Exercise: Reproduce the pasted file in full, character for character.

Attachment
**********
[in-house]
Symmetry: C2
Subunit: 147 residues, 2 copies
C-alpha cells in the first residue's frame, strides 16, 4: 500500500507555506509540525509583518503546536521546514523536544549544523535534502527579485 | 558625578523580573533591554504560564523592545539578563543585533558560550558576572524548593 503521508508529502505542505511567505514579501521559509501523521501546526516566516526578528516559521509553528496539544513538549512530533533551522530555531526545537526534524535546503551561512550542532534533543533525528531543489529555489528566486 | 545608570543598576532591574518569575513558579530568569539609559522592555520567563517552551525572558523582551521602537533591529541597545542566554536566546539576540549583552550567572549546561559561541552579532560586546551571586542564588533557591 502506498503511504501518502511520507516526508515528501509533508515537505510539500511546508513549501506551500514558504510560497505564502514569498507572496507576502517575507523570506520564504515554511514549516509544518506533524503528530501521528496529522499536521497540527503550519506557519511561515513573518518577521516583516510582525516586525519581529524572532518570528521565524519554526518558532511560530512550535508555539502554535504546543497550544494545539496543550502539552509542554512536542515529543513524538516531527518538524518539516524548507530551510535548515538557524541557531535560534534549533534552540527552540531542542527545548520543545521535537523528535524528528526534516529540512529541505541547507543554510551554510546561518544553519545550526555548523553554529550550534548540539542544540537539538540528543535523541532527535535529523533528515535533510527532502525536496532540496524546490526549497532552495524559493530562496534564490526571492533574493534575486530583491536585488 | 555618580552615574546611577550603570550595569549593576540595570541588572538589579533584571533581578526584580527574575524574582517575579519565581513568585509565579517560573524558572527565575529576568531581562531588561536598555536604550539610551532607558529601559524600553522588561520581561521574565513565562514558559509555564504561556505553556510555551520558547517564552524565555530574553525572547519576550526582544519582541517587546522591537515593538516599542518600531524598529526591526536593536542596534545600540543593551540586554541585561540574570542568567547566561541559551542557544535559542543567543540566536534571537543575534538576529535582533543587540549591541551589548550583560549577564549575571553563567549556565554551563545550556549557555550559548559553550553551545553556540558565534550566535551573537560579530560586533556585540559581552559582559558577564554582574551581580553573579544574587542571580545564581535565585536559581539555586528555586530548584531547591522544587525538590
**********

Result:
[in-house]
Symmetry: C2
Subunit: 147 residues, 2 copies
C-alpha cells in the first residue's frame, strides 16, 4: 500500500507555506509540525509583518503546536521546514523536544549544523535534502527579485 | 558625578523580573533591554504560564523592545539578563543585533558560550558576572524548593 503521508508529502505542505511567505514579501521559509501523521501546526516566516526578528516559521509553528496539544513538549512530533533551522530555531526545537526534524535546503551561512550542532534533543533525528531543489529555489528566486 | 545608570543598576532591574518569575513558579530568569539609559522592555520567563517552551525572558523582551521602537533591529541597545542566554536566546539576540549583552550567572549546561559561541552579532560586546551571586542564588533557591 502506498503511504501518502511520507516526508515528501509533508515537505510539500511546508513549501506551500514558504510560497505564502514569498507572496507576502517575507523570506520564504515554511514549516509544518506533524503528530501521528496529522499536521497540527503550519506557519511561515513573518518577521516583516510582525516586525519581529524572532518570528521565524519554526518558532511560530512550535508555539502554535504546543497550544494545539496543550502539552509542554512536542515529543513524538516531527518538524518539516524548507530551510535548515538557524541557531535560534534549533534552540527552540531542542527545548520543545521535537523528535524528528526534516529540512529541505541547507543554510551554510546561518544553519545550526555548523553554529550550534548540539542544540537539538540528543535523541532527535535529523533528515535533510527532502525536496532540496524546490526549497532552495524559493530562496534564490526571492533574493534575486530583491536585488 | 555618580552615574546611577550603570550595569549593576540595570541588572538589579533584571533581578526584580527574575524574582517575579519565581513568585509565579517560573524558572527565575529576568531581562531588561536598555536604550539610551532607558529601559524600553522588561520581561521574565513565562514558559509555564504561556505553556510555551520558547517564552524565555530574553525572547519576550526582544519582541517587546522591537515593538516599542518600531524598529526591526536593536542596534545600540543593551540586554541585561540574570542568567547566561541559551542557544535559542543567543540566536534571537543575534538576529535582533543587540549591541551589548550583560549577564549575571553563567549556565554551563545550556549557555550559548559553550553551545553556540558565534550566535551573537560579530560586533556585540559581552559582559558577564554582574551581580553573579544574587542571580545564581535565585536559581539555586528555586530548584531547591522544587525538590